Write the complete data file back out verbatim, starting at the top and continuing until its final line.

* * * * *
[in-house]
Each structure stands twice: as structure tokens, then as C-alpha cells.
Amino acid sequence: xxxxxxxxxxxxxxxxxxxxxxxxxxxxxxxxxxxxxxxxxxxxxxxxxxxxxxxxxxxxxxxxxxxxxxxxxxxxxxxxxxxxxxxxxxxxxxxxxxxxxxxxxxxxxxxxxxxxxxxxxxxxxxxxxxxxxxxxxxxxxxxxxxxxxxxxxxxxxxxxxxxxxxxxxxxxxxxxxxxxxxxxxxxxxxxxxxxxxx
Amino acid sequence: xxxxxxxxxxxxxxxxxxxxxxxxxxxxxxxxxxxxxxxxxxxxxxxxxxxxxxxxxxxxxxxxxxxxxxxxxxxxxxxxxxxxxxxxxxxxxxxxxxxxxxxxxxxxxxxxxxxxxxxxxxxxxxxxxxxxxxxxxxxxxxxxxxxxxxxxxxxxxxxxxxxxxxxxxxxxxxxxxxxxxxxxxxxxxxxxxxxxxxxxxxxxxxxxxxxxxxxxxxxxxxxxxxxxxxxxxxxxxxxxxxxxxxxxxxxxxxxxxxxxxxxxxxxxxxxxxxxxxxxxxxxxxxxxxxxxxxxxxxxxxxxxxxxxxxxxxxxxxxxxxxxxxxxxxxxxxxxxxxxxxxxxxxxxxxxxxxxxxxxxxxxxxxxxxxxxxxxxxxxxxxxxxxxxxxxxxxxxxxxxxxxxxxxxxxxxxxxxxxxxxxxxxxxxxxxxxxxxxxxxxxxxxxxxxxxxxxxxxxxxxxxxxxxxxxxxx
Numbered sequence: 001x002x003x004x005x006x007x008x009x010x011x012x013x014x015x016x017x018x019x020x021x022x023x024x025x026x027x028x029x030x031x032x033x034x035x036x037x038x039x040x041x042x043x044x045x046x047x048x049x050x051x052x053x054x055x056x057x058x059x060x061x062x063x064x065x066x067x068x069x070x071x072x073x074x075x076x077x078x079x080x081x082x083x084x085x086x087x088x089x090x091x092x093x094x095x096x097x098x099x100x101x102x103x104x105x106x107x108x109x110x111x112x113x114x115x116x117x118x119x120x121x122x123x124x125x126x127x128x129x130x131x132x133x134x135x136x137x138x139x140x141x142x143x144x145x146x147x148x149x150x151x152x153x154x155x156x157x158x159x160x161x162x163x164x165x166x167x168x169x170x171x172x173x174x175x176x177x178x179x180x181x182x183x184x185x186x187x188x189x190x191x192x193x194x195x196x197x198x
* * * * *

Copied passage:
[in-house]
Each structure stands twice: as structure tokens, then as C-alpha cells.
Amino acid sequence: xxxxxxxxxxxxxxxxxxxxxxxxxxxxxxxxxxxxxxxxxxxxxxxxxxxxxxxxxxxxxxxxxxxxxxxxxxxxxxxxxxxxxxxxxxxxxxxxxxxxxxxxxxxxxxxxxxxxxxxxxxxxxxxxxxxxxxxxxxxxxxxxxxxxxxxxxxxxxxxxxxxxxxxxxxxxxxxxxxxxxxxxxxxxxxxxxxxxxx
Amino acid sequence: xxxxxxxxxxxxxxxxxxxxxxxxxxxxxxxxxxxxxxxxxxxxxxxxxxxxxxxxxxxxxxxxxxxxxxxxxxxxxxxxxxxxxxxxxxxxxxxxxxxxxxxxxxxxxxxxxxxxxxxxxxxxxxxxxxxxxxxxxxxxxxxxxxxxxxxxxxxxxxxxxxxxxxxxxxxxxxxxxxxxxxxxxxxxxxxxxxxxxxxxxxxxxxxxxxxxxxxxxxxxxxxxxxxxxxxxxxxxxxxxxxxxxxxxxxxxxxxxxxxxxxxxxxxxxxxxxxxxxxxxxxxxxxxxxxxxxxxxxxxxxxxxxxxxxxxxxxxxxxxxxxxxxxxxxxxxxxxxxxxxxxxxxxxxxxxxxxxxxxxxxxxxxxxxxxxxxxxxxxxxxxxxxxxxxxxxxxxxxxxxxxxxxxxxxxxxxxxxxxxxxxxxxxxxxxxxxxxxxxxxxxxxxxxxxxxxxxxxxxxxxxxxxxxxxxxxx
Numbered sequence: 001x002x003x004x005x006x007x008x009x010x011x012x013x014x015x016x017x018x019x020x021x022x023x024x025x026x027x028x029x030x031x032x033x034x035x036x037x038x039x040x041x042x043x044x045x046x047x048x049x050x051x052x053x054x055x056x057x058x059x060x061x062x063x064x065x066x067x068x069x070x071x072x073x074x075x076x077x078x079x080x081x082x083x084x085x086x087x088x089x090x091x092x093x094x095x096x097x098x099x100x101x102x103x104x105x106x107x108x109x110x111x112x113x114x115x116x117x118x119x120x121x122x123x124x125x126x127x128x129x130x131x132x133x134x135x136x137x138x139x140x141x142x143x144x145x146x147x148x149x150x151x152x153x154x155x156x157x158x159x160x161x162x163x164x165x166x167x168x169x170x171x172x173x174x175x176x177x178x179x180x181x182x183x184x185x186x187x188x189x190x191x192x193x194x195x196x197x198x